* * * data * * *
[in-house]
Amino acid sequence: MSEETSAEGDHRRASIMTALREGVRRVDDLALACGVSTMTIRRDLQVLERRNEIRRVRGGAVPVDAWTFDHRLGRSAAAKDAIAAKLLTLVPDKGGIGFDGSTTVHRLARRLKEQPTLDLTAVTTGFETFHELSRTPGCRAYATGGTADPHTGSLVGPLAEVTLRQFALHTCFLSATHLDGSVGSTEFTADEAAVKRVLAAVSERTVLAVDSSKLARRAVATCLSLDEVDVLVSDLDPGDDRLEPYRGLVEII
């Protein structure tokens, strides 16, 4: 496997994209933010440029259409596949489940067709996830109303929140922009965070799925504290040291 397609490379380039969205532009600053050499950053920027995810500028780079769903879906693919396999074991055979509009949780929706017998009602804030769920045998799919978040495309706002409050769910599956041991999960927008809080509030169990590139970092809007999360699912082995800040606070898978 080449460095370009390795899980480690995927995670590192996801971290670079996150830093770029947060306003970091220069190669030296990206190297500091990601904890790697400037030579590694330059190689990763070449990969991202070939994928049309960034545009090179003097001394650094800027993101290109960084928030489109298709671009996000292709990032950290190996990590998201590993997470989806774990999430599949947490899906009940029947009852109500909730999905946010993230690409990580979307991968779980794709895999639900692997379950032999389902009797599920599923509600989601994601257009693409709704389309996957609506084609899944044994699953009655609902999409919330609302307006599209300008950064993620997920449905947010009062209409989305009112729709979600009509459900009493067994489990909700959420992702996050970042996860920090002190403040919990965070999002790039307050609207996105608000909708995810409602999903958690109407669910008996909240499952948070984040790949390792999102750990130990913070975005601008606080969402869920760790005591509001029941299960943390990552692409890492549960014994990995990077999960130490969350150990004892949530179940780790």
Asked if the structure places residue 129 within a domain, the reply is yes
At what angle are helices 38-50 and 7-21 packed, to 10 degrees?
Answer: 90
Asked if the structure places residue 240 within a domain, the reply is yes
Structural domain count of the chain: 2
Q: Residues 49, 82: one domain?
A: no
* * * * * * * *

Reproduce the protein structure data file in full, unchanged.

[in-house]
Amino acid sequence: MSEETSAEGDHRRASIMTALREGVRRVDDLALACGVSTMTIRRDLQVLERRNEIRRVRGGAVPVDAWTFDHRLGRSAAAKDAIAAKLLTLVPDKGGIGFDGSTTVHRLARRLKEQPTLDLTAVTTGFETFHELSRTPGCRAYATGGTADPHTGSLVGPLAEVTLRQFALHTCFLSATHLDGSVGSTEFTADEAAVKRVLAAVSERTVLAVDSSKLARRAVATCLSLDEVDVLVSDLDPGDDRLEPYRGLVEII
């Protein structure tokens, strides 16, 4: 496997994209933010440029259409596949489940067709996830109303929140922009965070799925504290040291 397609490379380039969205532009600053050499950053920027995810500028780079769903879906693919396999074991055979509009949780929706017998009602804030769920045998799919978040495309706002409050769910599956041991999960927008809080509030169990590139970092809007999360699912082995800040606070898978 080449460095370009390795899980480690995927995670590192996801971290670079996150830093770029947060306003970091220069190669030296990206190297500091990601904890790697400037030579590694330059190689990763070449990969991202070939994928049309960034545009090179003097001394650094800027993101290109960084928030489109298709671009996000292709990032950290190996990590998201590993997470989806774990999430599949947490899906009940029947009852109500909730999905946010993230690409990580979307991968779980794709895999639900692997379950032999389902009797599920599923509600989601994601257009693409709704389309996957609506084609899944044994699953009655609902999409919330609302307006599209300008950064993620997920449905947010009062209409989305009112729709979600009509459900009493067994489990909700959420992702996050970042996860920090002190403040919990965070999002790039307050609207996105608000909708995810409602999903958690109407669910008996909240499952948070984040790949390792999102750990130990913070975005601008606080969402869920760790005591509001029941299960943390990552692409890492549960014994990995990077999960130490969350150990004892949530179940780790």
Asked if the structure places residue 129 within a domain, the reply is yes
At what angle are helices 38-50 and 7-21 packed, to 10 degrees?
Answer: 90
Asked if the structure places residue 240 within a domain, the reply is yes
Structural domain count of the chain: 2
Q: Residues 49, 82: one domain?
A: no